Transformation of Peat-Forming Ecosystems in a Changing Climate and Landscape on the Western Antarctic Peninsula

Thursday, 18 December 2014
Zicheng Yu1, Julie Loisel1, Dave Beilman2 and Kate Cleary1, (1)Lehigh University, Department of Earth and Environmental Sciences, Bethlehem, PA, United States, (2)University of Hawaii at Manoa, Department of Geography, Honolulu, HI, United States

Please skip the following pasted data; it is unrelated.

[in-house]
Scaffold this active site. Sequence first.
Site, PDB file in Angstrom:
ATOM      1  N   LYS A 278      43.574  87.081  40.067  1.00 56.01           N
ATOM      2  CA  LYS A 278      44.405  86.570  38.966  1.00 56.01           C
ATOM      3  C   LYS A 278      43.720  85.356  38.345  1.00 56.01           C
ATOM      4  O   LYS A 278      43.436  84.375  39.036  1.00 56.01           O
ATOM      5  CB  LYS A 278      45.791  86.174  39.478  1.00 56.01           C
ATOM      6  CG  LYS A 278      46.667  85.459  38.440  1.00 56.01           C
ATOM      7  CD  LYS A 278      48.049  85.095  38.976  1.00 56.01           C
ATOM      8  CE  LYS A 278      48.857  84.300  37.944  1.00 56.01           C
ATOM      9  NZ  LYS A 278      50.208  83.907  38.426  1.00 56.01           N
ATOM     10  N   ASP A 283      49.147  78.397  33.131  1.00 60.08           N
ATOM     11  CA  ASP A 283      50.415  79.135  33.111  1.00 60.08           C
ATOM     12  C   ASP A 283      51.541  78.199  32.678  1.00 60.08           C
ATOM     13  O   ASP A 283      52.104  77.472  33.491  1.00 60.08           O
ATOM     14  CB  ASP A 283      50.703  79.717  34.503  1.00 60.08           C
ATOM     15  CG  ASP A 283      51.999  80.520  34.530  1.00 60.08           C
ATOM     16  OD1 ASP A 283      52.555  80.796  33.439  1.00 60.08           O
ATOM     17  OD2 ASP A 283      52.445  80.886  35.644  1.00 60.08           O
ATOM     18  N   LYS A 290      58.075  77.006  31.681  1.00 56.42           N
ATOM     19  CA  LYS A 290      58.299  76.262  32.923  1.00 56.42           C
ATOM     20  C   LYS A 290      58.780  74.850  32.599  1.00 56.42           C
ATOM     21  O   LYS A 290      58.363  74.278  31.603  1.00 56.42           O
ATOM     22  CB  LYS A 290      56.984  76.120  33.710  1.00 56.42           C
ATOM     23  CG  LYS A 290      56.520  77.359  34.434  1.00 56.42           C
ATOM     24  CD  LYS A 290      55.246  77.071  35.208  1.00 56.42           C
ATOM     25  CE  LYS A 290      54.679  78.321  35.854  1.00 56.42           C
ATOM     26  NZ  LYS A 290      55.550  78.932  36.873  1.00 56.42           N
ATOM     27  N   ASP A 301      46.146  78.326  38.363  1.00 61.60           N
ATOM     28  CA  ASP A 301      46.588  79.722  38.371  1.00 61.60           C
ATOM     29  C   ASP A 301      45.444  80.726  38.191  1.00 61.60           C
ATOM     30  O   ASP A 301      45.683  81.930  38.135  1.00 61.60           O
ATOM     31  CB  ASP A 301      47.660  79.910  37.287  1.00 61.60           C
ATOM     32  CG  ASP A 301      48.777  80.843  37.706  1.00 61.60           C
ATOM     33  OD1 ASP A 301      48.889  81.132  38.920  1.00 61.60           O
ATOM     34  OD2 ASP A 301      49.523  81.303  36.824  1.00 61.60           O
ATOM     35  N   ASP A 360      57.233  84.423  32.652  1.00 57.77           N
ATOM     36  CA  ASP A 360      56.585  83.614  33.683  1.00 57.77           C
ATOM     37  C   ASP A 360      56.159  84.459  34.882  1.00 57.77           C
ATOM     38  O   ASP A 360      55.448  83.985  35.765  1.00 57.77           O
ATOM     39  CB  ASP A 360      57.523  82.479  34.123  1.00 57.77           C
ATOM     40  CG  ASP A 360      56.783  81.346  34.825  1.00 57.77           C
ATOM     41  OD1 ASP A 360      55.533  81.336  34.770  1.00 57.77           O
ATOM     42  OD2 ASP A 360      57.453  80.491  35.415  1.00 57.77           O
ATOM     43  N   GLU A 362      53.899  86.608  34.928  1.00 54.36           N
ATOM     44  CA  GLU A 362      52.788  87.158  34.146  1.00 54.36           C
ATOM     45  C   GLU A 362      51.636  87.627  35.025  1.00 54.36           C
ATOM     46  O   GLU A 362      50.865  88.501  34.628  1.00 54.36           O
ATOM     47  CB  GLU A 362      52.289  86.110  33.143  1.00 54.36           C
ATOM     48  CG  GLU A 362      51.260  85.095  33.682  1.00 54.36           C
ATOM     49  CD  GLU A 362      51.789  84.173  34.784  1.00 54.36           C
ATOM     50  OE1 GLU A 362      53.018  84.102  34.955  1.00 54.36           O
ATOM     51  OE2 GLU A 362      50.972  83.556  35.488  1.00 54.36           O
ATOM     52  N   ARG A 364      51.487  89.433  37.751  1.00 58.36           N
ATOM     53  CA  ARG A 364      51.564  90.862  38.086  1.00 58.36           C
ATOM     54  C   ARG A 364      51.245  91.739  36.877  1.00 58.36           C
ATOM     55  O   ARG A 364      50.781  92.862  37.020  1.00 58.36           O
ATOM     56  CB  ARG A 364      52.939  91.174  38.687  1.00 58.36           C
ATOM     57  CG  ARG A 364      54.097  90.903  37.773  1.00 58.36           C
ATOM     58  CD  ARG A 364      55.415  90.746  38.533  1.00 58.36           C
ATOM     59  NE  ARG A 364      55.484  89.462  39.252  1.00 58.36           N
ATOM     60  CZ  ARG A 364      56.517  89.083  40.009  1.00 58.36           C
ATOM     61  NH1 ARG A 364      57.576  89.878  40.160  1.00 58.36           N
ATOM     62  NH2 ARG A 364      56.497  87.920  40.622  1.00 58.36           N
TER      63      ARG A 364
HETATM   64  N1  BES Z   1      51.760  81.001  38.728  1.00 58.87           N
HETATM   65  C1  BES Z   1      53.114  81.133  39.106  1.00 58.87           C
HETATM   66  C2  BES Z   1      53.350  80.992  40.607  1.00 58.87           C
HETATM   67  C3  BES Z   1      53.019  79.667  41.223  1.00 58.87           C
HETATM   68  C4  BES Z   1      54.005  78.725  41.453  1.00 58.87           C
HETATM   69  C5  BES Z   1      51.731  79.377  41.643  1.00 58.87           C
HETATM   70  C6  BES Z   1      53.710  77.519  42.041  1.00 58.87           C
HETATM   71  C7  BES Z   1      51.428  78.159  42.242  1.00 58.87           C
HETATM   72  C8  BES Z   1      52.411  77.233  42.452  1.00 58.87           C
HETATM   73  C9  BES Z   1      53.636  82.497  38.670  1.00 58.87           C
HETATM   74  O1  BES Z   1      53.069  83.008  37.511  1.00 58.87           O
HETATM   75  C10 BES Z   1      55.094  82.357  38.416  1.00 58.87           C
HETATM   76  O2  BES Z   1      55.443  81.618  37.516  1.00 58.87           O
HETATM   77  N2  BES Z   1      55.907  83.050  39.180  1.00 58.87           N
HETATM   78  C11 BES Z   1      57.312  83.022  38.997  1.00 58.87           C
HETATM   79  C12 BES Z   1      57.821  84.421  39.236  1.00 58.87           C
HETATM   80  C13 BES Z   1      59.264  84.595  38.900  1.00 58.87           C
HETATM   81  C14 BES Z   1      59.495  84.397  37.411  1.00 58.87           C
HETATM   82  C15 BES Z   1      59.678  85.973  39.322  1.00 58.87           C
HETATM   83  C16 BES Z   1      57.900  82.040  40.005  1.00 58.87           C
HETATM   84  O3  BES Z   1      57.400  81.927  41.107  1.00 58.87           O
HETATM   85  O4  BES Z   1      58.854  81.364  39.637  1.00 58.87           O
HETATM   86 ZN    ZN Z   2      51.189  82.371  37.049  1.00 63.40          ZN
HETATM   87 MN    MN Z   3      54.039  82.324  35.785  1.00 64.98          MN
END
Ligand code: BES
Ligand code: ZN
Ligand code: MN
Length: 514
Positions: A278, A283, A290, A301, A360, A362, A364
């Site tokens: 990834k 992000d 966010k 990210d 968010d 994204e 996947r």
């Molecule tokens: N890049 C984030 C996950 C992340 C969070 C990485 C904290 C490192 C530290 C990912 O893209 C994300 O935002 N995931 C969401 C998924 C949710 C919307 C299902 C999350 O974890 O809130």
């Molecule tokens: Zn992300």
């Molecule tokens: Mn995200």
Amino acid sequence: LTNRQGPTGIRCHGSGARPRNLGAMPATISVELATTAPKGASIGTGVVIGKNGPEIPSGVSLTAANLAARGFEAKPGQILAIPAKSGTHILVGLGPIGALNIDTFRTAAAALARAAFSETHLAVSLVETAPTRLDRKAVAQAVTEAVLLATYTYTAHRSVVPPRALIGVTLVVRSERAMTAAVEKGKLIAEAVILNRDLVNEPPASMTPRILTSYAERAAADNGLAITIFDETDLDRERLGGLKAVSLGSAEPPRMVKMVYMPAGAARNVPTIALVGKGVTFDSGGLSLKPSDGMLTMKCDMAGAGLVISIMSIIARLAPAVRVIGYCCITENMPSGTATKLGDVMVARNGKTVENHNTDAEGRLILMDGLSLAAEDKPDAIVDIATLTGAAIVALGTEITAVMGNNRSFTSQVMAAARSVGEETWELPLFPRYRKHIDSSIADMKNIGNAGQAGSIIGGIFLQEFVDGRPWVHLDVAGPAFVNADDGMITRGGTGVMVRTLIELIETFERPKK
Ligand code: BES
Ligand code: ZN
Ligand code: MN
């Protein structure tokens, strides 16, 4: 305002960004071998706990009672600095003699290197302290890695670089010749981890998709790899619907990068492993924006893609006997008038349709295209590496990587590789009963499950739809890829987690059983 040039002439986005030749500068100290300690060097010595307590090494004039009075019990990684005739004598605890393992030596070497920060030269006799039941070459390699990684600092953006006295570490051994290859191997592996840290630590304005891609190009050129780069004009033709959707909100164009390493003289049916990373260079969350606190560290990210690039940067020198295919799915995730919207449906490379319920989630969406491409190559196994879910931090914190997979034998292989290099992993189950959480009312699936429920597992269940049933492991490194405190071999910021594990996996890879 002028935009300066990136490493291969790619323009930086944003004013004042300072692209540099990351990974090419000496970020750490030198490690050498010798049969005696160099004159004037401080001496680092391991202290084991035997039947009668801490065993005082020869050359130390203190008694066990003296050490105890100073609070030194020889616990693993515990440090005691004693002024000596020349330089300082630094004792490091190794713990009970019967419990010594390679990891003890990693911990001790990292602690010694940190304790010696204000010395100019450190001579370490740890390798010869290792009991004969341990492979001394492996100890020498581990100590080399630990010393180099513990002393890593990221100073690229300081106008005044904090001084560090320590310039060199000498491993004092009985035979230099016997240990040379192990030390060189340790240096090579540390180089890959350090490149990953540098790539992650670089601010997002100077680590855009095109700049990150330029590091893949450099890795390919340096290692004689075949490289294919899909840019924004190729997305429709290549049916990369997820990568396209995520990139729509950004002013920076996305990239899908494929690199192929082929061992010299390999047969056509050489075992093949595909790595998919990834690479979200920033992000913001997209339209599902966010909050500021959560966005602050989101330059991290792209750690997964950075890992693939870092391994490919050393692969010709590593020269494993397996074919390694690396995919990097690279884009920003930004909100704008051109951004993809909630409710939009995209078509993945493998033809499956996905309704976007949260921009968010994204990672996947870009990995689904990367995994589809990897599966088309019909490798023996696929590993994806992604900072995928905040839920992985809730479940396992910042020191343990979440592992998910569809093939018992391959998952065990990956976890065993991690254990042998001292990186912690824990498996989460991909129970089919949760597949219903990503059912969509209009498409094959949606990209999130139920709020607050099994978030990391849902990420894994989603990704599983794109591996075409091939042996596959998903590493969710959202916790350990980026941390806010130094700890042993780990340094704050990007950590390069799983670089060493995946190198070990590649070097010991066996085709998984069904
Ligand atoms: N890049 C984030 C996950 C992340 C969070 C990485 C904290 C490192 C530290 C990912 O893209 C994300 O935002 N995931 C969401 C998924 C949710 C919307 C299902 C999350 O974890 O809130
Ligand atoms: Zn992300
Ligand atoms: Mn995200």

The western Antarctic Peninsula (WAP) is one of three regions that have experienced the greatest warming on Earth over the recent decades. This warming has caused widespread glacier retreat and expansion of ice-free land areas. However, responses of terrestrial ecosystems to these rapid climate and landscape changes are still poorly understood. Here we used paleo records of climate and ecosystem reconstructions during the last millennium from peats on the WAP to understand climate-cryosphere-ecosystem connections. Continuing retreat of ice and permanent snow at Bonaparte Point on Anvers Island near Palmer Station and on Galindez Island near Vernadsky Station around 65°S latitude has recently exposed numerous entombed mosses and intact peatbank ecosystems that have been buried under ice and snow since the cold Little Ice Age (LIA). Radiocarbon dating indicates ages of 850-600 cal yr BP from re-exposed moss samples from near retreating ice (n=9 dates) and of 100 cal yr BP from near shrinking snow (n=5 dates). This age difference suggests that initial climate cooling and subsequent ice advance overran peatbanks immediately below the ice margin at the onset of the LIA, followed by permanent snow expansion often from low elevation upslope at the end of the LIA. Furthermore, detailed macrofossil and pollen analysis of a 35-cm-long peat core from a moss peatbank on nearby mainland Antarctic Peninsula show dramatic shifts from a waterlogged peatland dominated by pure stands of Antarctic hairgrass (Deschampsia antarctica) before the LIA to an aerobic peatbank dominated by erect mosses Polytrichum strictum and Chorisodontium aciphyllum afterwards. At present the nearest known occurrence of Deschampsia “bog peats” is in South Georgia, about 1900 km north at 54°S, a location having a mean annual temperature 6°C higher than the study region on the WAP. If we use this modern spatial relationship as an analogue, then this suggests that the pre-LIA climate was much warmer than today and appeared to support very different ecosystems on the WAP. These results imply that major ecological transformations and novel ecosystems are things to come in Antarctica by the end of this century under rapid ongoing climate warming (>0.5°C warming per decade) and widespread glacier retreat.